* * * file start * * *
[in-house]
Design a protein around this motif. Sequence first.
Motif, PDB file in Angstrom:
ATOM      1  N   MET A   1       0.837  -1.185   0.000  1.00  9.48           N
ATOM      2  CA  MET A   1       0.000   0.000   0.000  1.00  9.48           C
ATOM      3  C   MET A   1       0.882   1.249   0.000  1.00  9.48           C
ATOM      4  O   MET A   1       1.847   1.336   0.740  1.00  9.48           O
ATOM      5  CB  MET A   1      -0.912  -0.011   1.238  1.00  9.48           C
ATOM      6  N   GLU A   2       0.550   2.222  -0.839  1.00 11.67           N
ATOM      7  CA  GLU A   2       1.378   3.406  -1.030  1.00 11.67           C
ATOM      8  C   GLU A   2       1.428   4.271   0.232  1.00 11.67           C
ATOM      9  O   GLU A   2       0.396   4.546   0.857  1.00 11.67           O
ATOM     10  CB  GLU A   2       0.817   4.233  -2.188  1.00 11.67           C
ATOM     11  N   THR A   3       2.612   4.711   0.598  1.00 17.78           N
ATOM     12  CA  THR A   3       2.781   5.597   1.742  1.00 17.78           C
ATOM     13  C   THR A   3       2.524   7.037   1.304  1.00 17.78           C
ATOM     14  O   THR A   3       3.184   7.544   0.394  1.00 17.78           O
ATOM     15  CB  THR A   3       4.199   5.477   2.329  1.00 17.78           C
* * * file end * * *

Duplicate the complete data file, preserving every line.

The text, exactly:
[in-house]
Design a protein around this motif. Sequence first.
Motif, PDB file in Angstrom:
ATOM      1  N   MET A   1       0.837  -1.185   0.000  1.00  9.48           N
ATOM      2  CA  MET A   1       0.000   0.000   0.000  1.00  9.48           C
ATOM      3  C   MET A   1       0.882   1.249   0.000  1.00  9.48           C
ATOM      4  O   MET A   1       1.847   1.336   0.740  1.00  9.48           O
ATOM      5  CB  MET A   1      -0.912  -0.011   1.238  1.00  9.48           C
ATOM      6  N   GLU A   2       0.550   2.222  -0.839  1.00 11.67           N
ATOM      7  CA  GLU A   2       1.378   3.406  -1.030  1.00 11.67           C
ATOM      8  C   GLU A   2       1.428   4.271   0.232  1.00 11.67           C
ATOM      9  O   GLU A   2       0.396   4.546   0.857  1.00 11.67           O
ATOM     10  CB  GLU A   2       0.817   4.233  -2.188  1.00 11.67           C
ATOM     11  N   THR A   3       2.612   4.711   0.598  1.00 17.78           N
ATOM     12  CA  THR A   3       2.781   5.597   1.742  1.00 17.78           C
ATOM     13  C   THR A   3       2.524   7.037   1.304  1.00 17.78           C
ATOM     14  O   THR A   3       3.184   7.544   0.394  1.00 17.78           O
ATOM     15  CB  THR A   3       4.199   5.477   2.329  1.00 17.78           C